Governor of New Mexico
|Governor of New Mexico
Spanish: Gobernador de Nuevo México
Seal of the Governor
|Residence||New Mexico Governor's Mansion|
|Term length||Four years, renewable once consecutively|
|Constituting instrument||New Mexico Constitution|
|Inaugural holder||William C. McDonald|
|Formation||January 14, 1912|
|Deputy||Lieutenant Governor of New Mexico|
|This article is part of a series on the|
politics and government of
The Governor of New Mexico (Spanish: Gobernador de Nuevo México) is the chief executive of the state of New Mexico. The governor is the head of the executive branch of New Mexico's state government and the commander-in-chief of the state's military forces. Responsibilities include making annual State of the State addresses to the New Mexico State Legislature, submitting the budget, and ensuring that state laws are enforced. The officeholder is afforded the courtesy title of The Honorable for life. This gubernatorial office is proceeded by the Spanish and Mexican governors of Nuevo México and the governors of the New Mexico Territory.
During the occupation of New Mexico by the United States Military starting in 1846, a military governor was appointed to oversee the area; military governors, at times, were assisted by civilian governors. In 1850, New Mexico was organized as a Territory, and the governor was appointed by the President of the United States. The office of Governor of the State of New Mexico was created in 1912 when New Mexico was officially admitted to the United States as the 47th state.
Election to the governorship
Requirements to hold office
Section Three of Article V of the New Mexico Constitution establishes the requirements a person must meet in order to become governor. The governor must be a citizen of the United States, be at least 30 years old, and have been a resident of New Mexico for at least five years prior to election.
Term(s) of office
Under Section One of Article V of the New Mexico Constitution, a governor may be elected any number of times, but not more than twice in a row. If a governor serves two consecutive terms, he or she is eligible to run again after sitting out one full term.
Relationship with Lieutenant Governor of New Mexico
While the governor heads the Executive Branch of the New Mexico state government, the governor does not have absolute power. Other state executives, such as the lieutenant governor, the Secretary of State, and the attorney general are also elected to office.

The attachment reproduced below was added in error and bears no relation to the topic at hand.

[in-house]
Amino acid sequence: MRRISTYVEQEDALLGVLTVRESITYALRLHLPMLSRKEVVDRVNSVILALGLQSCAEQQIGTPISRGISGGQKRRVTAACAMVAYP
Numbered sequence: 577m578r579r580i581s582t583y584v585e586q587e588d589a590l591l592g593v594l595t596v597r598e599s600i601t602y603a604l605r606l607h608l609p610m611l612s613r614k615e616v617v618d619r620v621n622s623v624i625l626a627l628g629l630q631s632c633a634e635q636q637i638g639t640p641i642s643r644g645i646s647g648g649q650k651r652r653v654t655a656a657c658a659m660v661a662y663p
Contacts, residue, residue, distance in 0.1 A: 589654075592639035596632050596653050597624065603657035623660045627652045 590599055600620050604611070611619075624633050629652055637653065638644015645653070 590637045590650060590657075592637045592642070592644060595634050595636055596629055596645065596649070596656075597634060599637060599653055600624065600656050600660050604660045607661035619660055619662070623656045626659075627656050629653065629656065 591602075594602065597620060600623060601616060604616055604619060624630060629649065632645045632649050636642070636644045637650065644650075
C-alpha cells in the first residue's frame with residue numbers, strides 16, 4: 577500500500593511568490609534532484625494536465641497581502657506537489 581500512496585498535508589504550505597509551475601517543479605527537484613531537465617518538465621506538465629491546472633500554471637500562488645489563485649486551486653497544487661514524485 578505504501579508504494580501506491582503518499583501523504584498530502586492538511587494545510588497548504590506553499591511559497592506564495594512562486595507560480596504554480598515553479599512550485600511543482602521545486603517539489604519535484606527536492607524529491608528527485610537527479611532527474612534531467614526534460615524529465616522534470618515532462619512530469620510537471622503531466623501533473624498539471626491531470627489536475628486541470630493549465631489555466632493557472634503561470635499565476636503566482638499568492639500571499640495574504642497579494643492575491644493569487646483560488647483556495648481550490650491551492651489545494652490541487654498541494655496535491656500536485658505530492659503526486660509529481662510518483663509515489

Since 1954, the Governor of New Mexico has resided in the New Mexico Governor's Mansion. Prior to its construction, the governor's residence was located adjacent to the New Mexico State Capitol in downtown Santa Fe. Before 1909, the governor resided in the Palace of the Governors, which is listed as a National Historic Landmark. The Palace of the Governors is the oldest continuously occupied public building in the United States.
Line of succession
According to Section Seven of Article V of the New Mexico Constitution, in the event of the death, resignation, removal, impeachment, absence from the state, failure to qualify, or incapacity due to illness of the governor, the lieutenant governor is the first person in the order of succession and thus serves as governor.
If there is no lieutenant governor, or that person is unable to perform the duties of governor, the Secretary of State serves as governor. If there is no Secretary of State, the President pro Tempore of the Senate serves as governor. If there is no President pro Tempore of the Senate, or if that person is unable to perform the duties of governor, then the Speaker of the House serves as governor.
|May succeed to governorship|
|Governor of New Mexico||Susana Martinez|
|1||Lieutenant Governor of New Mexico||John Sanchez|
|2||Secretary of State of New Mexico||Maggie Toulouse Oliver|
|3||President Pro Tempore of the Senate||Mary Kay Papen|
|4||Speaker of the House of Representatives||Brian Egolf|
|May serve as Emergency Interim Successor|
|5||Attorney General of New Mexico||Hector Balderas|
|6||State Auditor||Wayne Johnson|
|7||State Treasurer||Tim Eichenberg|
|8||Commissioner of Public Lands||Aubrey Dunn|
|9||Public Regulation Commission, Chair||Patrick H. Lyons|
|10||Public Regulation Commissioner||Cynthia B. Hall|
|11||Public Regulation Commissioner||Valerie Espinoza|
|12||Public Regulation Commissioner||Theresa Becenti–Aguilar|
|13||Public Regulation Commissioner||Sandy Jones|
- "CSG Releases 2013 Governor Salaries". The Council of State Governments. June 25, 2013. Retrieved November 23, 2014.